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Table of Contents

List of Tables and Figures
Preface
Introduction: The Unity of Life; The Tree of Life; The Antiquity of Life; The Cradle of Life; The Probability of Life; Foresight Excluded; The Ages of Life 1
Pt. I The Age of Chemistry
Ch. 1 The Search for Origins 15
Ch. 2 The First Catalysts of Life 26
Ch. 3 The Fuel of Emerging Life 34
Ch. 4 The Advent of RNA 46
Pt. II The Age of Information
Ch. 5 RNA Takes Over 55
Ch. 6 The Code 65
Ch. 7 Genes in the Making 75
Ch. 8 Freedoms and Constraints 83
Pt. III The Age of the Protocell
Ch. 9 Encapsulating Life 89
Ch. 10 Turning Membranes into Machines 99
Ch. 11 Adaptation to Life in Confinement 107
Ch. 12 The Ancestor of All Life 112
Ch. 13 The Universality of Life 118
Pt. IV The Age of the Single Cell
Ch. 14 Bacteria Conquer the World 125
Ch. 15 The Making of a Eukaryote 137
Ch. 16 The Primitive Phagocyte 147
Ch. 17 The Guests That Stayed 160
Pt. V The Age of Multicellular Organisms
Ch. 18 The Benefits of Cellular Collectivism 171
Ch. 19 The Greening of the Earth 176
Ch. 20 The First Animals 187
Ch. 21 Animals Fill the Oceans 196
Ch. 22 Animals Move Out of the Sea 203
Ch. 23 The Web of Life 214
Ch. 24 The Virtues of Junk DNA 222
Pt. VI The Age of the Mind
Ch. 25 The Step to Human 229
Ch. 26 The Brain 236
Ch. 27 The Workings of the Mind 245
Ch. 28 The Works of the Mind 257
Ch. 29 Values 261
Pt. VII The Age of the Unknown
Ch. 30 The Future of Life 271
Ch. 31 The Meaning of Life 286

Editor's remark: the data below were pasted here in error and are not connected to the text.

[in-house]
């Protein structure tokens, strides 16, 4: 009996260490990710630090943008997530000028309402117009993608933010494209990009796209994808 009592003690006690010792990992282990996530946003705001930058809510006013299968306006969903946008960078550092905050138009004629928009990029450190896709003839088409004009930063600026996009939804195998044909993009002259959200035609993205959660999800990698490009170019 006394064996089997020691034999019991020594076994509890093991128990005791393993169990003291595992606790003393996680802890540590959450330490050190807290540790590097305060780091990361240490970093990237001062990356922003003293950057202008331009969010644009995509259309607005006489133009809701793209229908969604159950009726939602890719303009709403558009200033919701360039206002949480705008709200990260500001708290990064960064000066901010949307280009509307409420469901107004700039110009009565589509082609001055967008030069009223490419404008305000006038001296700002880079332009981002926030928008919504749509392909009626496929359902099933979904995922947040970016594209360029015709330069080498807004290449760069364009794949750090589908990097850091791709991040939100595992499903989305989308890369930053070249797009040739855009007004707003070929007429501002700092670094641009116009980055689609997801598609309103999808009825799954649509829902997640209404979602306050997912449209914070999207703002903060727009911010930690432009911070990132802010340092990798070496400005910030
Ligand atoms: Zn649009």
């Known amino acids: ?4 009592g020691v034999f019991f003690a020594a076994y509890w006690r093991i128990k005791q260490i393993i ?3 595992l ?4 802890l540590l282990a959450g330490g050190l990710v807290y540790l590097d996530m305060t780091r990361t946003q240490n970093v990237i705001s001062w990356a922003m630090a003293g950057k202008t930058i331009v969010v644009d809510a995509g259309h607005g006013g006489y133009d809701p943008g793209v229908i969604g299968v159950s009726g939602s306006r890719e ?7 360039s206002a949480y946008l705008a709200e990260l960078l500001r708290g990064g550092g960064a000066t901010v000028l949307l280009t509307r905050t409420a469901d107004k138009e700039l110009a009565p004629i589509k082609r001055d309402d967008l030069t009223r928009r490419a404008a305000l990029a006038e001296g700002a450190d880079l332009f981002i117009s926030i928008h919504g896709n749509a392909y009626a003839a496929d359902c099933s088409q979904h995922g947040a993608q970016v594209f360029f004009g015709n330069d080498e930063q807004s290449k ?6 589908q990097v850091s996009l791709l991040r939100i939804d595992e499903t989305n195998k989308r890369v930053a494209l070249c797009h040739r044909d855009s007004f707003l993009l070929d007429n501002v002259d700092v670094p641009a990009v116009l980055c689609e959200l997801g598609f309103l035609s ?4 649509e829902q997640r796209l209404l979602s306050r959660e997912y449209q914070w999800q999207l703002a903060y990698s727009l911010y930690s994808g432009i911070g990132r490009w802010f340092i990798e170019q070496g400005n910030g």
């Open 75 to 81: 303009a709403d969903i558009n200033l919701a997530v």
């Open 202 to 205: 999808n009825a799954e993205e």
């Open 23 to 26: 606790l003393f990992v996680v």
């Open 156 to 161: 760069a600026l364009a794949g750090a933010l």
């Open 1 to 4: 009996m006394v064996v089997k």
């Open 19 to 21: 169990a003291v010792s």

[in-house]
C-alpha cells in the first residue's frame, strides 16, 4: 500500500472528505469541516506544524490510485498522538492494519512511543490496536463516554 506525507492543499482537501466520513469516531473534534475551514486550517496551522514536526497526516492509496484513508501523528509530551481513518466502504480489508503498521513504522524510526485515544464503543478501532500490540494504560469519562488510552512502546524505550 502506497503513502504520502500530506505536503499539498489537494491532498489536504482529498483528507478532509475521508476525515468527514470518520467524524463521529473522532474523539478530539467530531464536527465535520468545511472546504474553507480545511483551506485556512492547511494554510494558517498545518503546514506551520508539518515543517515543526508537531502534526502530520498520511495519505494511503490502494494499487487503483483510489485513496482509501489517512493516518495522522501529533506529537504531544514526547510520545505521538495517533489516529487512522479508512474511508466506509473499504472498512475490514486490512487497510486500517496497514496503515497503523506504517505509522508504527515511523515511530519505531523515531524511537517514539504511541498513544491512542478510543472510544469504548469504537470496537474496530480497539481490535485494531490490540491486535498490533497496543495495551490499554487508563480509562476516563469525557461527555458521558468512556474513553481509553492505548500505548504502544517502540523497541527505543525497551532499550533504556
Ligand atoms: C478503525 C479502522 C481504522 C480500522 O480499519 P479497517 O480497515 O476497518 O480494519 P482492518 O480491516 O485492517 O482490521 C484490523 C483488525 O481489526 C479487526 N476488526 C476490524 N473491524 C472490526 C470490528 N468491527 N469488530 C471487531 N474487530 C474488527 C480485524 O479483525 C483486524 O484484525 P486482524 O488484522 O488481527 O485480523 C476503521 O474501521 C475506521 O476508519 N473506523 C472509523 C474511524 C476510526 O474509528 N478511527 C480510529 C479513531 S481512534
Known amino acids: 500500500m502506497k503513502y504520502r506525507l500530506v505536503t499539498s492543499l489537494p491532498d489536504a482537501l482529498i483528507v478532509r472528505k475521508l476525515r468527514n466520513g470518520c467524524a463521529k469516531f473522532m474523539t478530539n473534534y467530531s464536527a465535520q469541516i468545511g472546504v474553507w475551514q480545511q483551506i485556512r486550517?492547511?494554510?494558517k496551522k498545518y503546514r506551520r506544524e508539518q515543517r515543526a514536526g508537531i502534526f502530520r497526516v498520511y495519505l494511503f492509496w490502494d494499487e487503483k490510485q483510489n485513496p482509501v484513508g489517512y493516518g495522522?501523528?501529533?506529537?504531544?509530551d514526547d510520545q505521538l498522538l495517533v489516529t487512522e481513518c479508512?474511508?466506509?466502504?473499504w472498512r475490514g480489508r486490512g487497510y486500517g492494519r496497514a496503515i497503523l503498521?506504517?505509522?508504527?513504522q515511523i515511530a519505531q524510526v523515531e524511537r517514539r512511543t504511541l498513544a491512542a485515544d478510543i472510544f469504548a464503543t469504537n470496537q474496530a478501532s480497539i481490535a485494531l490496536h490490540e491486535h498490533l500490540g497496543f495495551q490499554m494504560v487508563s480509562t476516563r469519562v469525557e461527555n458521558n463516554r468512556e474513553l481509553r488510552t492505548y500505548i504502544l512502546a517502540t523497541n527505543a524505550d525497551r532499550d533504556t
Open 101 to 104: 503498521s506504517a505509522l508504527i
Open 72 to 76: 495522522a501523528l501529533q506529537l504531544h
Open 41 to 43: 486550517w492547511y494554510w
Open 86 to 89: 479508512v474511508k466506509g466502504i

Notes 303
Glossary 325
Additional Reading 341
Index 351
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  • Anonymous

    Posted May 4, 2010

    Vital Dust

    Through a panoramic view of life, from its chemical beginnings to the nature of consciousness, Noble Laureate Christian de Duve explores the origin of life in his thrilling book "Vital Dust: The Origin and Evolution of Life on Earth." Proposing seven main "Ages" that define evolution, de Duve takes the reader on an in-depth journey through each successive phase, leaving little left to ponder. Throughout the book de Duve follows a strict mantra of providing solid evidence for each of his claims, urging the reader to take a leap of faith when current information is not enough proof. De Duve's extensive biochemistry background provides him the credentials to propose a solid pre-biotic chemical foundation that led to living cells as we know them today. Though he utilizes his vast knowledge and a deductive approach to convince the reader on his origin of life theories, the second half of the book-modern evolution-was disappointingly less original. Entirely thought provoking and enticing from start to finish, de Duve's book "Vital Dust," is an excellent read for those debating the existence and origin of life. Be warned though-some basic biochemistry background may be needed!